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About the publicationDilapidated public school infrastructure can be found across the country, but the problem is particularly acute in the Eastern Cape where the majority of the so called 'mud schools' are located. On 04 February 2011, following court action on the issue of mud schools, the Legal Resources Centre, acting on behalf of 7 schools and the Centre for Child Law, concluded a landmark settlement with the National Department of Basic Education in which the Department committed to spend R8.2-billion from 1 April 2011 to 1 March 2014 to eradicate mud schools and improve infrastructure of schools throughout South Africa.The Centre for Child Law commissioned Cornerstone Economic Research, to track school infrastructure spending and delivery. The aim of the research was to assess what progress has been made in addressing the issues that brought about the litigation. This study, amongst other things, makes the concerning finding that the Department has woefully underspent the allocated school infrastructure funding for two years running. The target for the number of schools to be built in 2011/2012 and 2012/2013 was 49. However, only 10 schools had been completed at the end of the first year.About the authors:Carmen Abdoll has experience in public sector finance management, budget analysis, and various tax policy issues, including issues related to value-added tax, excise duties and all sub-national taxes. She has also worked on various projects related to the structure of the intergovernmental fiscal system in South Africa. Carmen has a particular interest in policy and services impacting on the lives of orphan children.Conrad Barberton is a development economist, policy researcher and trainer. He has experience in the design of intergovernmental fiscal processes, public sector finance management, budget presentation design and analysis, the costing of policies, strategic planning, monitoring and evaluation, and the design of governance accountability systems.Table of ContentsPREFACEACKNOWLEDGMENTSEXECUTIVE SUMMARYA LIST OF ABBREVIATIONS AND ACRONYMS1. IntroductionPart one: Status of school infrastructure2. Responsibility for school infrastructure planning3. Sources of information on school infrastructure3.1 Number of public ordinary schools3.2 Number of classrooms in public ordinary schools4. Backlogs in school infrastructure4.1 Planning to address backlogs in school infrastructure4.2 Backlogs in schools and classrooms4.3 Inappropriate school structures (so-called mud schools)4.4 Backlogs in basic services4.5 Backlogs in maintenancePart two: National and provincial funding of school infrastructure5. Determinants in the demand for school infrastructure6. National government allocations to school infrastructure6.1 Education Infrastructure Grant6.2 School Infrastructure Backlogs Grant7. Provincial allocations to school infrastructure7.1 Total spending by provinces on school infrastructure7.2 Provinces’ allocations of own funding to school infrastructurePart three: Performance in the delivery of school infrastructure8. Performance of the School Infrastructure Backlogs Grant8.1 Planning related to the grant8.2 Spending and delivery progress of the SIBG8.3 Likely timeframes for eradicating inappropriate school structures9. Performance of the Education Infrastructure Grant9.1 Planning related to the grant9.2 Spending and delivery progress of the EIG10. Concluding points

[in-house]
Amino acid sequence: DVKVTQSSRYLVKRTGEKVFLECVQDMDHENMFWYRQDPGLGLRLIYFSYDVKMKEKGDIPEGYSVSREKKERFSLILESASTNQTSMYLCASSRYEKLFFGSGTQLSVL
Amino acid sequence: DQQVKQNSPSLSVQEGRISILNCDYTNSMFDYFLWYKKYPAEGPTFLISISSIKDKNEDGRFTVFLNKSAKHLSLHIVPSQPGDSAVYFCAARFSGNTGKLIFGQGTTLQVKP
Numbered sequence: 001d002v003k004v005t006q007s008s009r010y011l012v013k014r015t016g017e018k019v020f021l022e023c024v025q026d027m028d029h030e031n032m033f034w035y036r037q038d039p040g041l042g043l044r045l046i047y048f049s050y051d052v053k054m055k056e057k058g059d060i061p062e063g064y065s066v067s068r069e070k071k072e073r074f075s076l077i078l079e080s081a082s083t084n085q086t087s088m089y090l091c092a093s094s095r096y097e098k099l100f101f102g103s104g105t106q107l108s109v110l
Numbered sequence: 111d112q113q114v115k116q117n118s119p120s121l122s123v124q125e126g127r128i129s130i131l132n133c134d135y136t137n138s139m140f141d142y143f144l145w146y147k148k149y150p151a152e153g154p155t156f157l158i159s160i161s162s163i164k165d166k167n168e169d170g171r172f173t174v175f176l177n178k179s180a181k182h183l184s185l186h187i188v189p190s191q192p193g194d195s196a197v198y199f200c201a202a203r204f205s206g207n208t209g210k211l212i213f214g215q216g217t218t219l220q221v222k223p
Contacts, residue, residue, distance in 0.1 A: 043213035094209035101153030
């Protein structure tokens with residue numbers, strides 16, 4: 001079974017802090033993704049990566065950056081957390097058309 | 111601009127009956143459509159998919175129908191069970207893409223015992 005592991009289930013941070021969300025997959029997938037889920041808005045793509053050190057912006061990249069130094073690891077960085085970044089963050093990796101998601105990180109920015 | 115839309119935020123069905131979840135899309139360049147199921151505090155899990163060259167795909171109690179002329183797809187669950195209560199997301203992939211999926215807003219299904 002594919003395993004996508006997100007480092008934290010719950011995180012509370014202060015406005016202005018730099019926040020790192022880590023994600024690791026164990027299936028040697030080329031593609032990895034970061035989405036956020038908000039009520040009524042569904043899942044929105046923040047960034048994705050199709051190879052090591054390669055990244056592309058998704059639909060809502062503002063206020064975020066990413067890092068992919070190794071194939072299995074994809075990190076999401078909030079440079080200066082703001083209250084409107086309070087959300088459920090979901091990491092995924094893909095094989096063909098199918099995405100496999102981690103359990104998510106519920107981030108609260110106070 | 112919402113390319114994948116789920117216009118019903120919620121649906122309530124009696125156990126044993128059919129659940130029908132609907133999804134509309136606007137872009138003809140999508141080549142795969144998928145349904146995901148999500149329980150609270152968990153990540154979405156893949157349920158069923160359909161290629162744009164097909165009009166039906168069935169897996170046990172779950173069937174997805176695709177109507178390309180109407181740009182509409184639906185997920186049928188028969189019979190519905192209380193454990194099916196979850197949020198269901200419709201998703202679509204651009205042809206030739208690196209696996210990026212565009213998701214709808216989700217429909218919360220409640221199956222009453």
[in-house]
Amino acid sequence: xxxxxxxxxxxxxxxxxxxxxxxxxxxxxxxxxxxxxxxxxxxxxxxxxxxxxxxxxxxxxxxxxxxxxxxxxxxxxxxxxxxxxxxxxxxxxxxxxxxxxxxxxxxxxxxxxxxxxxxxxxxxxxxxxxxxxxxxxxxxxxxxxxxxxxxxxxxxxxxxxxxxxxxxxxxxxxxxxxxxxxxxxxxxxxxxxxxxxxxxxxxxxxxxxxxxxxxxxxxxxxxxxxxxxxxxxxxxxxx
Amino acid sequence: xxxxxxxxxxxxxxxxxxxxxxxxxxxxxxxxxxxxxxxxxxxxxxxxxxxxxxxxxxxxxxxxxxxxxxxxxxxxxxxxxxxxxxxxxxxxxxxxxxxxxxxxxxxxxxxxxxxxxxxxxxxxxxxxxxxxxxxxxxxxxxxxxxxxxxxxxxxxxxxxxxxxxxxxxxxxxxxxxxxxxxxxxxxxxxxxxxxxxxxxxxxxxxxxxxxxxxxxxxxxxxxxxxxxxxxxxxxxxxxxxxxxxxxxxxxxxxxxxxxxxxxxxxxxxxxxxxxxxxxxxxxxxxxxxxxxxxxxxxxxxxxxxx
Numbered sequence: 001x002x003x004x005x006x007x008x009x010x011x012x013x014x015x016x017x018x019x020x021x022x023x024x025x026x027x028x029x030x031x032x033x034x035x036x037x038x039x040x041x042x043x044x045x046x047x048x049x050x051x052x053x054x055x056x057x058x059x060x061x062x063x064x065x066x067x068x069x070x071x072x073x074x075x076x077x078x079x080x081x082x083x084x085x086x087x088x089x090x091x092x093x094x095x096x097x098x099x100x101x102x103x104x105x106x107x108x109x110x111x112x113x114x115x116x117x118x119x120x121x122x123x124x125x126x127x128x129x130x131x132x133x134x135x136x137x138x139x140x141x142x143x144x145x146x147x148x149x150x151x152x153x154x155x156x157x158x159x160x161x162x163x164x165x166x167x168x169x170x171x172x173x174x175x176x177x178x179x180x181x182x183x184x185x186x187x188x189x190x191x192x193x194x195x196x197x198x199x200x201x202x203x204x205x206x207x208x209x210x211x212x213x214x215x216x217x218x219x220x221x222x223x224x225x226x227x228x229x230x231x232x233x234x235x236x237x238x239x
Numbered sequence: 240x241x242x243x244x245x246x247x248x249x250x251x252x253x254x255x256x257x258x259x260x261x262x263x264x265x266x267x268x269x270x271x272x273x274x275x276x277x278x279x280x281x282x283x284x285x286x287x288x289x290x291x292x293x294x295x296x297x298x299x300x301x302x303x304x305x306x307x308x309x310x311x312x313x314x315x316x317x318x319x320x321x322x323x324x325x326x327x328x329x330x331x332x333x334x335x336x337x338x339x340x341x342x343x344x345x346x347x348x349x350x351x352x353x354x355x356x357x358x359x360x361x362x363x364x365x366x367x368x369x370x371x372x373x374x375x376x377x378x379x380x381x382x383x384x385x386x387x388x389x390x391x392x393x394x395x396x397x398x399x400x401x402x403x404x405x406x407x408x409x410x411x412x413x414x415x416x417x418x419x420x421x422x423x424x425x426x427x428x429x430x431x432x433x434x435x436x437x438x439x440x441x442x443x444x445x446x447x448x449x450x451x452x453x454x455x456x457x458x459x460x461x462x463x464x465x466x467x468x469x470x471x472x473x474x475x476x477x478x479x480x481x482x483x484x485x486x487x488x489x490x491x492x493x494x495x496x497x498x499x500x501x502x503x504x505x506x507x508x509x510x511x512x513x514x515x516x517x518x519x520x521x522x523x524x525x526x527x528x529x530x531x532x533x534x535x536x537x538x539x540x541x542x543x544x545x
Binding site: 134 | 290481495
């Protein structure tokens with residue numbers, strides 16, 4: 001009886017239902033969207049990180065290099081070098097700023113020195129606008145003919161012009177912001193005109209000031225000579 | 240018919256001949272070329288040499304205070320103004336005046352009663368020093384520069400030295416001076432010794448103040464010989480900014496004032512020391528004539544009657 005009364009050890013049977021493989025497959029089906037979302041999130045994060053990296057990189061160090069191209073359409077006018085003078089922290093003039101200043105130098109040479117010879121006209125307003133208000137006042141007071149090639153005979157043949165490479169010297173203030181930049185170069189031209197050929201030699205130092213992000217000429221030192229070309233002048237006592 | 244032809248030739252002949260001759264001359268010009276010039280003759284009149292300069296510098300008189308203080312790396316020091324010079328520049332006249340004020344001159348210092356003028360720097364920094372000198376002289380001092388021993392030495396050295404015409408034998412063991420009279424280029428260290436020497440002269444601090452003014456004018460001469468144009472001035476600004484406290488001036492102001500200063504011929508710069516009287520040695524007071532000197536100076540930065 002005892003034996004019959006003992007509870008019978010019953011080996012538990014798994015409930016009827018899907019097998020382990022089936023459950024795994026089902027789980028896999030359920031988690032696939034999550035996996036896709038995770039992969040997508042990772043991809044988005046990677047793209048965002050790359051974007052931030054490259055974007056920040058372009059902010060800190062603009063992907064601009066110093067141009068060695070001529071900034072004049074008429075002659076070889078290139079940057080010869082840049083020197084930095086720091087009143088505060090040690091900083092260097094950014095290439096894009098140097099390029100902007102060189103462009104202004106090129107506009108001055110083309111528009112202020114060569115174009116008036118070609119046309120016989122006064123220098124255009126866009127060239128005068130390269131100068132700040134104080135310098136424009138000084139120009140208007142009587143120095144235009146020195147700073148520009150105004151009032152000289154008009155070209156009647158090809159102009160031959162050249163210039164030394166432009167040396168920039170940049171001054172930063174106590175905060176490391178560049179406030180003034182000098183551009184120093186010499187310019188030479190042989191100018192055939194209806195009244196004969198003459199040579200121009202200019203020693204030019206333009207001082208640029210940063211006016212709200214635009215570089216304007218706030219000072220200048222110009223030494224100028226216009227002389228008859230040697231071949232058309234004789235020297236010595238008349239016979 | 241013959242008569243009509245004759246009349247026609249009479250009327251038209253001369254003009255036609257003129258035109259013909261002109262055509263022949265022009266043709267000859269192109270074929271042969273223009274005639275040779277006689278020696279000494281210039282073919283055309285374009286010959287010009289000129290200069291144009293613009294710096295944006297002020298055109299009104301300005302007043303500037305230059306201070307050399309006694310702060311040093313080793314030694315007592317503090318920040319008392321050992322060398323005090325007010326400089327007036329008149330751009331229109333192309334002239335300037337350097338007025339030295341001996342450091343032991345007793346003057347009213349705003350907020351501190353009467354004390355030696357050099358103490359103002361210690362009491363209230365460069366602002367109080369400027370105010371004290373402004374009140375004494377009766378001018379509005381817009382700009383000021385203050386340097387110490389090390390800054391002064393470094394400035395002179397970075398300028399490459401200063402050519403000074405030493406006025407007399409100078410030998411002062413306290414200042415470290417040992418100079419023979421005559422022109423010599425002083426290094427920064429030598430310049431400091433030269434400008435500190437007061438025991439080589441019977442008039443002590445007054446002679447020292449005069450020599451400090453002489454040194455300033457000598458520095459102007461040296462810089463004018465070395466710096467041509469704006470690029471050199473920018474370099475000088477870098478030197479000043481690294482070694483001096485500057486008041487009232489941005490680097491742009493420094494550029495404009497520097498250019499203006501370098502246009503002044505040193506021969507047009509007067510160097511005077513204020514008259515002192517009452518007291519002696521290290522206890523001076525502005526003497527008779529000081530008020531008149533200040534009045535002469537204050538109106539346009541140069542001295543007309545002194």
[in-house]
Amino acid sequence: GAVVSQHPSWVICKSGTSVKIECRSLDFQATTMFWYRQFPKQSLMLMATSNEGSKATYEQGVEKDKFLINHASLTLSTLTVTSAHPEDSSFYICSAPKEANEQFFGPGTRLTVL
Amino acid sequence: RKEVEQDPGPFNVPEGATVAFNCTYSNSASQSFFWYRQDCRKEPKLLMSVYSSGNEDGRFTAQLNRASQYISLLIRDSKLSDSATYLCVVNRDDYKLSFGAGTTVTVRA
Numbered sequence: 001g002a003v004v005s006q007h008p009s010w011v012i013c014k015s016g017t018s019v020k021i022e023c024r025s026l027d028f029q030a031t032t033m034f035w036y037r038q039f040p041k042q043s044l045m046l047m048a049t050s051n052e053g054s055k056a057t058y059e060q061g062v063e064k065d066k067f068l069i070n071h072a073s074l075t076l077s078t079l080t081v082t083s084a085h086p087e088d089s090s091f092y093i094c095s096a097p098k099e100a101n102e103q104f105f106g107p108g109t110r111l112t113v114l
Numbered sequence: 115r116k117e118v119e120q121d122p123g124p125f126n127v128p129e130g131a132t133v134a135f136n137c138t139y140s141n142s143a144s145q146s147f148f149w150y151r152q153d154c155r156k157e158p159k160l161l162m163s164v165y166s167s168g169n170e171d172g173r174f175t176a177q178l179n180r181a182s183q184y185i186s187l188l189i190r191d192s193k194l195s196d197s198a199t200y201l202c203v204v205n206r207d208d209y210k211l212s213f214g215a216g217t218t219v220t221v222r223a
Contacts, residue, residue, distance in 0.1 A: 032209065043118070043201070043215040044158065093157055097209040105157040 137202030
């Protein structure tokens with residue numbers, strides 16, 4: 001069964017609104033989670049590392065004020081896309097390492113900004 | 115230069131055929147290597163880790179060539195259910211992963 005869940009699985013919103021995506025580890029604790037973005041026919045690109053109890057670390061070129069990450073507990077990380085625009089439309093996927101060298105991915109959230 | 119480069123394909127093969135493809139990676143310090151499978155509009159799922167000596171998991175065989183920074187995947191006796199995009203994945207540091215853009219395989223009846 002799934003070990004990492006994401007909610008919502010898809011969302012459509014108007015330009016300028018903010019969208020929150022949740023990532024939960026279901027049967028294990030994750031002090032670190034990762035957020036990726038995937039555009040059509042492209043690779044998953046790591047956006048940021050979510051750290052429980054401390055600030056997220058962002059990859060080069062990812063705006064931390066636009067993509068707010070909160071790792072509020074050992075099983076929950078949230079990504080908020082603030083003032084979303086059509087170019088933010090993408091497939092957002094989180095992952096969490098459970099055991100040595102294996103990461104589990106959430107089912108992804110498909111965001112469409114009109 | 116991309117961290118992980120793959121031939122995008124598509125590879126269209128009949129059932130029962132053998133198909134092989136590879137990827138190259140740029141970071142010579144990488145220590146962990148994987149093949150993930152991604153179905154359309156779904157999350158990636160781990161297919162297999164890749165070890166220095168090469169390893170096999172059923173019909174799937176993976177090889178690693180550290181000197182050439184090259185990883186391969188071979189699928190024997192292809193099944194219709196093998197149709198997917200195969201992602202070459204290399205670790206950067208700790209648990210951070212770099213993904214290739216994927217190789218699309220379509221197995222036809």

Compendium on key international & African children’s rights instruments

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ISBN: 9781920538880 Year: Pages: 61 Language: English
Publisher: Pretoria University Law Press (PULP)
Subject: Law
Added to DOAB on : 2020-04-08 14:53:33
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This booklet has been prepared by the Centre for Child Law, Faculty of Law, University of Pretoria. In 2018, the Centre for Child Law celebrates 20 Years of strategic litigation, research and advocacy in order to advance child law and children’s rights in South Africa. The United Nations Convention on the Rights of the Child and the African Charter on the Rights and Welfare of the Child have played an important role in shaping children’s rights jurisprudence in South Africa. This booklet is accompanied by a flash drive that contains a number of General Comments issued by the UN Committee on the Rights of the Child and the African Committee of Experts on the Rights and Welfare of the Child. This is an updatable resource – as the Committees produce future General Comments and issue views arising from their communications procedures, the new documents can be added to the flash drive, allowing this small compendium to grow as the jurisprudence expands.

Legal Grounds III: Reproductive and Sexual Rights in Sub-Saharan African Courts

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ISBN: 9781920538637 Year: Pages: 226
Publisher: Pretoria University Law Press (PULP)
Added to DOAB on : 2020-04-08 15:49:25
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Legal Grounds III: Reproductive and Sexual Rights in Sub-Saharan African Courts is a joint publication of the International Reproductive and Sexual Health Law Program of the University of Toronto, Canada; the Centre for Human Rights, Faculty of Law, at the University of Pretoria, South Africa; and the Center for Reproductive Rights, New York. It is the expanded third volume in a series originally conceived by Kibrom Isaak, LL.M., a graduate of the International Reproductive and Sexual Health Law Program, who organised and wrote the prototype, and drafted most of the first two volumes.The editors of Legal Grounds III are tremendously grateful to all those who have supported us to produce this book. The planning and execution would not have been possible without a grant from the Ford Foundation. African publication and dissemination were generously supported, through the Centre for Human Rights, by The Open Society Foundations.